Friday, March 8, 2013

Alice in Wonderland

Lewis Carroll was the pen name of Charles Lutwidge Dodgson (born January 27, 1832 in Daresbury, Cheshire, England; died 1898). He was the oldest son in a family of 11 children, his father was a clergyman. He was a lecturer in mathematics, a poet and an early photographer.

Alice Liddell, the daughter of Henry George Liddell, was the inspiration for Alice's Adventures in Wonderland (published 1865) which began as a story Dodgeson told to her and her sisters. The story was written down later and the novelist Henry Kingsley urged Carroll to publish it. It proved very popular and in 1871 the sequel, Through the Looking-Glass and What Alice Found There was published. 

This volume contains both books and I found the first one to be a better tale. Both stories are about what happens in Alice's dreams (or someone's dream anyway) and are full of nonsense verse and wordplay. Alice's Adventures has a stronger narrative line while Through the Looking-glass wanders about a great deal and relies on the dream phenomenon of suddenly finding oneself in a different location to move the story along. Looking-glass also has a lot of poems in it--Alice in not entirely happy about this which I thought was funny--which made the story seem a bit padded. There is an excellent section where the first stanza of "Jabberwocky" is explained by Humpty Dumpty.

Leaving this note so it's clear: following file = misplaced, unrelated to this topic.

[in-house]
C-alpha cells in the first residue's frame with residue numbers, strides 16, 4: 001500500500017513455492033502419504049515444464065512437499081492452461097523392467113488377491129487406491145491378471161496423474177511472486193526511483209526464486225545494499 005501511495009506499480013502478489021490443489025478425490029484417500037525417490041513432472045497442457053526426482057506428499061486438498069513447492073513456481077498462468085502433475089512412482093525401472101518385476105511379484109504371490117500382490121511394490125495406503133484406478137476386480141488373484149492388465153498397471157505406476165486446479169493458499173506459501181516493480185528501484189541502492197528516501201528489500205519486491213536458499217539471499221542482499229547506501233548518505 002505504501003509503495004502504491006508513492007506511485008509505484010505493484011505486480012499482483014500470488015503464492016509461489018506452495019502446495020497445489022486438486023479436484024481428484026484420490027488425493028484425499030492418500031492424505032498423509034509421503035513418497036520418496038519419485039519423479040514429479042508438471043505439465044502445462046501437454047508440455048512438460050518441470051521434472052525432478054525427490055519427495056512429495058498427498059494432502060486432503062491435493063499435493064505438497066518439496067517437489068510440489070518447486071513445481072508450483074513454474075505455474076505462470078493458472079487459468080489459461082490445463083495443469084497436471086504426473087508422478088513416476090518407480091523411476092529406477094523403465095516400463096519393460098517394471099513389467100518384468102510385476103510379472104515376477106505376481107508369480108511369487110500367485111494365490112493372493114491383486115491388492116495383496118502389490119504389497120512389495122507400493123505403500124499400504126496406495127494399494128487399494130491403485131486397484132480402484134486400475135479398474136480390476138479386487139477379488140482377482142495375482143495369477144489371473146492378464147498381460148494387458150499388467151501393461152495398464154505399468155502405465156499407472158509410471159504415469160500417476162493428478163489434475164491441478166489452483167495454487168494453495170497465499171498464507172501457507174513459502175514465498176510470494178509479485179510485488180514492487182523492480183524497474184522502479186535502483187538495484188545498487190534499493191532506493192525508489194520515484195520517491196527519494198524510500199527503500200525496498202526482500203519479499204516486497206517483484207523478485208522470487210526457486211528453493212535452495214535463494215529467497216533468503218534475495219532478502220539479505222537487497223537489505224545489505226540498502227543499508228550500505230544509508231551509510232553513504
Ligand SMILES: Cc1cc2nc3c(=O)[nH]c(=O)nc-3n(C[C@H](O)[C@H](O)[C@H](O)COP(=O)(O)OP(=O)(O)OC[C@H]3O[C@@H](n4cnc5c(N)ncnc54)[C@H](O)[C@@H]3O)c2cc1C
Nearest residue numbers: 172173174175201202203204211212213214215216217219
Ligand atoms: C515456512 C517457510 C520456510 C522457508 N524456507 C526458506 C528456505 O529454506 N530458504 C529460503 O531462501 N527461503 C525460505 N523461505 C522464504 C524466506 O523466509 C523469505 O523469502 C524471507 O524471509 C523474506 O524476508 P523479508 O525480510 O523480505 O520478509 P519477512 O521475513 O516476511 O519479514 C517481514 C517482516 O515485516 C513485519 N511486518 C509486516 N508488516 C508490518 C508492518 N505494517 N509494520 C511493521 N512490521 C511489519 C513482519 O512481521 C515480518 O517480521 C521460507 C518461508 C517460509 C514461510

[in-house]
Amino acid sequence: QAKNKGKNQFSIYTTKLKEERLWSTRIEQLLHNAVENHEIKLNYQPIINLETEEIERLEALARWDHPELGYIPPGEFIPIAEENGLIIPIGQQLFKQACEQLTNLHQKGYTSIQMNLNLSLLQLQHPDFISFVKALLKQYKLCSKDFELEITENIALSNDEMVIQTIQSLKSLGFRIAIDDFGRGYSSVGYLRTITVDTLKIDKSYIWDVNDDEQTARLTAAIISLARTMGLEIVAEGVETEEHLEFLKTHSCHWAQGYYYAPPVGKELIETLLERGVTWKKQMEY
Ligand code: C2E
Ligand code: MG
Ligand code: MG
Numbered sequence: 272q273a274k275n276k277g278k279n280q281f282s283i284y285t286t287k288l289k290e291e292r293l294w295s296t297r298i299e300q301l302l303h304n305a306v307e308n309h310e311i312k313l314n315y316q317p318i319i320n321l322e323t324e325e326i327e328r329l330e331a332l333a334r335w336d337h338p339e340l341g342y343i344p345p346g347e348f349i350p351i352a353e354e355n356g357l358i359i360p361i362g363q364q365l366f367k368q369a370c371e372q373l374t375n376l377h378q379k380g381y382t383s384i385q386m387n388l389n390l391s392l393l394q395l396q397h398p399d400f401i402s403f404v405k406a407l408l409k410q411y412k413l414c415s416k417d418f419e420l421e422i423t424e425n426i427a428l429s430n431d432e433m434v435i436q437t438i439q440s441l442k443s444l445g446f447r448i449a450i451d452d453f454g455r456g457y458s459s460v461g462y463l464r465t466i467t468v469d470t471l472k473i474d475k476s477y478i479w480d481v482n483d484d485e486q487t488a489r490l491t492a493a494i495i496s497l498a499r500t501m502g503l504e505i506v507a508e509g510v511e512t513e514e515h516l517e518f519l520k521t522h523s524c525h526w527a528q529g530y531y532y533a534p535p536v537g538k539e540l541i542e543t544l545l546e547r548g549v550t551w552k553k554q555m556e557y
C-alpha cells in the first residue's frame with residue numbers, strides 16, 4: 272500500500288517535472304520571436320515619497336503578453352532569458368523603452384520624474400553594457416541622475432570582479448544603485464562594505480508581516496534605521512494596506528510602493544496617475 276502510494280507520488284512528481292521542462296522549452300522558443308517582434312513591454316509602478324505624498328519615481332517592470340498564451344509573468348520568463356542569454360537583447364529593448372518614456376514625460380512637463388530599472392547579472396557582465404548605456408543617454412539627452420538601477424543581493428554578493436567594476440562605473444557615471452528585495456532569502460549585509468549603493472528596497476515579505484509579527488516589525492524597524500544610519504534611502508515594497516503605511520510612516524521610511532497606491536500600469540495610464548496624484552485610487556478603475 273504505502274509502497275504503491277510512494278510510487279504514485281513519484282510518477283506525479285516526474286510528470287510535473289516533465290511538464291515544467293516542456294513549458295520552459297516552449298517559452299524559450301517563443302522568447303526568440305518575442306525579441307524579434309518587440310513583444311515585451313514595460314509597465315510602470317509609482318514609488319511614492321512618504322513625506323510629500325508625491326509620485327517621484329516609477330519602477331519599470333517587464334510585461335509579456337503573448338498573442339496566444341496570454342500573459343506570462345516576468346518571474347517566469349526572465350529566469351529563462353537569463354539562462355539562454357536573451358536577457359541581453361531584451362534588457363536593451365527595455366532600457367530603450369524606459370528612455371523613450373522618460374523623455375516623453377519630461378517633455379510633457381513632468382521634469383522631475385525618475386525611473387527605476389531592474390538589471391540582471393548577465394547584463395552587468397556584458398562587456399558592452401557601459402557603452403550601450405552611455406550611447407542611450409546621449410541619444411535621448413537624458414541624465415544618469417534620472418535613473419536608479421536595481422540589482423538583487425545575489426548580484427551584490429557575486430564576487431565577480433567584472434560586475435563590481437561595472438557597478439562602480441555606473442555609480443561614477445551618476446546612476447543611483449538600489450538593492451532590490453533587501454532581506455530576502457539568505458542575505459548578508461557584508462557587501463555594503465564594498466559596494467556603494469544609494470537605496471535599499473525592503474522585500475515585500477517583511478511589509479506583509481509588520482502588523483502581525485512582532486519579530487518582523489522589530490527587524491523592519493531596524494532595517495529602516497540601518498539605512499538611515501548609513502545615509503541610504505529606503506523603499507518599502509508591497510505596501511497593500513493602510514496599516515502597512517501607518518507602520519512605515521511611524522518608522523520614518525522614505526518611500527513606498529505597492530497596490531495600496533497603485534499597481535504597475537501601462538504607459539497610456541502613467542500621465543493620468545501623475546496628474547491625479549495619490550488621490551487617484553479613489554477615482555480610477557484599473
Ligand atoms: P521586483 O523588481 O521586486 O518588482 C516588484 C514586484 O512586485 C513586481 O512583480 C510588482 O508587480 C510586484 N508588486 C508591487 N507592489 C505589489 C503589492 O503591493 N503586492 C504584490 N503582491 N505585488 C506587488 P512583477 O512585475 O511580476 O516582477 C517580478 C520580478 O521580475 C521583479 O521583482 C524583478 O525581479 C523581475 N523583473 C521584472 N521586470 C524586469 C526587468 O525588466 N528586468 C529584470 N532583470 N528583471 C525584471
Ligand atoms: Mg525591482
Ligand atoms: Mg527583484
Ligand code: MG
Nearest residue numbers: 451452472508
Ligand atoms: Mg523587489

The advice of the Cheshire cat (in Wonderland) was one of my favorite bits.
"Would you tell me, please, which way I ought to go from here?"
"That depends a good deal on where you want to get to," said the Cat.
"I don't much care where--" Alice began.
"Then it doesn't matter which way you go," said the Cat.
"Just so long as I get somewhere," Alice added as an explanation.
"Oh, you're sure to do that," said the Cat, "if you only walk long enough." 

Humpty Dumpty's contention (in Looking-glass) that words mean just what he chooses them to mean "neither more nor less," and "which is to be master," him or the words is also quite wonderful.

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